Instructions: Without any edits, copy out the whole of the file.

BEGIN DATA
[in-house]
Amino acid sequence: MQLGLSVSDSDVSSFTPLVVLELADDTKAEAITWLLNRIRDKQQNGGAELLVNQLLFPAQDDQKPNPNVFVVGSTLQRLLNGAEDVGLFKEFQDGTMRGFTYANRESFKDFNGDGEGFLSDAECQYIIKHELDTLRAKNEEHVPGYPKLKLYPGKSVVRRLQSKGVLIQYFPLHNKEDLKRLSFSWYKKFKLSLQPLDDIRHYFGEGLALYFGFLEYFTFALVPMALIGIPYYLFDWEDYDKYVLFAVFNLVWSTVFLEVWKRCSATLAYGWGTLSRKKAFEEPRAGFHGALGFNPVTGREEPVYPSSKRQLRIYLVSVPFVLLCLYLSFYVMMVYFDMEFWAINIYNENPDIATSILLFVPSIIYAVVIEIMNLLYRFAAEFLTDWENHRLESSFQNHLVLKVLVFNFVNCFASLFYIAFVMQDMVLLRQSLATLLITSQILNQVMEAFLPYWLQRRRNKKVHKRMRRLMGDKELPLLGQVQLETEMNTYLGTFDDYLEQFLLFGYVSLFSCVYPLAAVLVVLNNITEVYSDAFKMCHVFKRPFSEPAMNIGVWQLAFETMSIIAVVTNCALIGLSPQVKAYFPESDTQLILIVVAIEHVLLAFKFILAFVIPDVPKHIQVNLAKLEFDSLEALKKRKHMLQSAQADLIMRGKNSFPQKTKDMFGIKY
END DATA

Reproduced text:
[in-house]
Amino acid sequence: MQLGLSVSDSDVSSFTPLVVLELADDTKAEAITWLLNRIRDKQQNGGAELLVNQLLFPAQDDQKPNPNVFVVGSTLQRLLNGAEDVGLFKEFQDGTMRGFTYANRESFKDFNGDGEGFLSDAECQYIIKHELDTLRAKNEEHVPGYPKLKLYPGKSVVRRLQSKGVLIQYFPLHNKEDLKRLSFSWYKKFKLSLQPLDDIRHYFGEGLALYFGFLEYFTFALVPMALIGIPYYLFDWEDYDKYVLFAVFNLVWSTVFLEVWKRCSATLAYGWGTLSRKKAFEEPRAGFHGALGFNPVTGREEPVYPSSKRQLRIYLVSVPFVLLCLYLSFYVMMVYFDMEFWAINIYNENPDIATSILLFVPSIIYAVVIEIMNLLYRFAAEFLTDWENHRLESSFQNHLVLKVLVFNFVNCFASLFYIAFVMQDMVLLRQSLATLLITSQILNQVMEAFLPYWLQRRRNKKVHKRMRRLMGDKELPLLGQVQLETEMNTYLGTFDDYLEQFLLFGYVSLFSCVYPLAAVLVVLNNITEVYSDAFKMCHVFKRPFSEPAMNIGVWQLAFETMSIIAVVTNCALIGLSPQVKAYFPESDTQLILIVVAIEHVLLAFKFILAFVIPDVPKHIQVNLAKLEFDSLEALKKRKHMLQSAQADLIMRGKNSFPQKTKDMFGIKY